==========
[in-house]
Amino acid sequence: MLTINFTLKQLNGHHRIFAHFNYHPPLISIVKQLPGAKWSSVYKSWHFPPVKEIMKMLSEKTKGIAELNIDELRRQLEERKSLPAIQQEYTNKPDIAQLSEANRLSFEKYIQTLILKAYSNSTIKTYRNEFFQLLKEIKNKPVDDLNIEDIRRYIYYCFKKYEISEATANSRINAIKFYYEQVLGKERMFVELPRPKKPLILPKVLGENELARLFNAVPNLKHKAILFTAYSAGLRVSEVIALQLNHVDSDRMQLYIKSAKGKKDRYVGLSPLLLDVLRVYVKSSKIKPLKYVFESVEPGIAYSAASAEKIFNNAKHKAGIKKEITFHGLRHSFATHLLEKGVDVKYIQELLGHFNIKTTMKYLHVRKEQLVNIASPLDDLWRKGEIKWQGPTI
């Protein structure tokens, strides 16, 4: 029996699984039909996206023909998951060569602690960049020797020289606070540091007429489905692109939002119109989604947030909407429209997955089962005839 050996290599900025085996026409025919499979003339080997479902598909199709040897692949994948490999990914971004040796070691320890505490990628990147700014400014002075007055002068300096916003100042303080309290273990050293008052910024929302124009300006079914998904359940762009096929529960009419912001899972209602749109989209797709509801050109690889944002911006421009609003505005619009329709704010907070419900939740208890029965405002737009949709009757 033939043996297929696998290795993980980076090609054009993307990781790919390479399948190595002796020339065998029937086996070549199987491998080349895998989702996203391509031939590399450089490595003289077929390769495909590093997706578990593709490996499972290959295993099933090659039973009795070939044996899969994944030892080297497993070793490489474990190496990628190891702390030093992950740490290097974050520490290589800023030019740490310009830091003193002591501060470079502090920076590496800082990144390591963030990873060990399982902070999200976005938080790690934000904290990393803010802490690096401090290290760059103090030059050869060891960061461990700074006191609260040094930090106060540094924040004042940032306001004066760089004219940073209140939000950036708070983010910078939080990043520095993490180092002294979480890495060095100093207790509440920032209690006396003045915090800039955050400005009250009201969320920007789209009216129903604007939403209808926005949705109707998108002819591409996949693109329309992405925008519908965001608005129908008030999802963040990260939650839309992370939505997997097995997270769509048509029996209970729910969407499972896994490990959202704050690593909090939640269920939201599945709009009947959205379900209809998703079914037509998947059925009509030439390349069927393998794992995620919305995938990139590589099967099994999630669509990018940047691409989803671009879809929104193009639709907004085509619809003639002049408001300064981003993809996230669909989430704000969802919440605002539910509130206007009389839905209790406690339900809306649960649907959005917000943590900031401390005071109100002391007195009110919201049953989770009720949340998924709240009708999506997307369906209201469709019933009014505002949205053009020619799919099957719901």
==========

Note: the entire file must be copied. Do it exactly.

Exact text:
[in-house]
Amino acid sequence: MLTINFTLKQLNGHHRIFAHFNYHPPLISIVKQLPGAKWSSVYKSWHFPPVKEIMKMLSEKTKGIAELNIDELRRQLEERKSLPAIQQEYTNKPDIAQLSEANRLSFEKYIQTLILKAYSNSTIKTYRNEFFQLLKEIKNKPVDDLNIEDIRRYIYYCFKKYEISEATANSRINAIKFYYEQVLGKERMFVELPRPKKPLILPKVLGENELARLFNAVPNLKHKAILFTAYSAGLRVSEVIALQLNHVDSDRMQLYIKSAKGKKDRYVGLSPLLLDVLRVYVKSSKIKPLKYVFESVEPGIAYSAASAEKIFNNAKHKAGIKKEITFHGLRHSFATHLLEKGVDVKYIQELLGHFNIKTTMKYLHVRKEQLVNIASPLDDLWRKGEIKWQGPTI
């Protein structure tokens, strides 16, 4: 029996699984039909996206023909998951060569602690960049020797020289606070540091007429489905692109939002119109989604947030909407429209997955089962005839 050996290599900025085996026409025919499979003339080997479902598909199709040897692949994948490999990914971004040796070691320890505490990628990147700014400014002075007055002068300096916003100042303080309290273990050293008052910024929302124009300006079914998904359940762009096929529960009419912001899972209602749109989209797709509801050109690889944002911006421009609003505005619009329709704010907070419900939740208890029965405002737009949709009757 033939043996297929696998290795993980980076090609054009993307990781790919390479399948190595002796020339065998029937086996070549199987491998080349895998989702996203391509031939590399450089490595003289077929390769495909590093997706578990593709490996499972290959295993099933090659039973009795070939044996899969994944030892080297497993070793490489474990190496990628190891702390030093992950740490290097974050520490290589800023030019740490310009830091003193002591501060470079502090920076590496800082990144390591963030990873060990399982902070999200976005938080790690934000904290990393803010802490690096401090290290760059103090030059050869060891960061461990700074006191609260040094930090106060540094924040004042940032306001004066760089004219940073209140939000950036708070983010910078939080990043520095993490180092002294979480890495060095100093207790509440920032209690006396003045915090800039955050400005009250009201969320920007789209009216129903604007939403209808926005949705109707998108002819591409996949693109329309992405925008519908965001608005129908008030999802963040990260939650839309992370939505997997097995997270769509048509029996209970729910969407499972896994490990959202704050690593909090939640269920939201599945709009009947959205379900209809998703079914037509998947059925009509030439390349069927393998794992995620919305995938990139590589099967099994999630669509990018940047691409989803671009879809929104193009639709907004085509619809003639002049408001300064981003993809996230669909989430704000969802919440605002539910509130206007009389839905209790406690339900809306649960649907959005917000943590900031401390005071109100002391007195009110919201049953989770009720949340998924709240009708999506997307369906209201469709019933009014505002949205053009020619799919099957719901």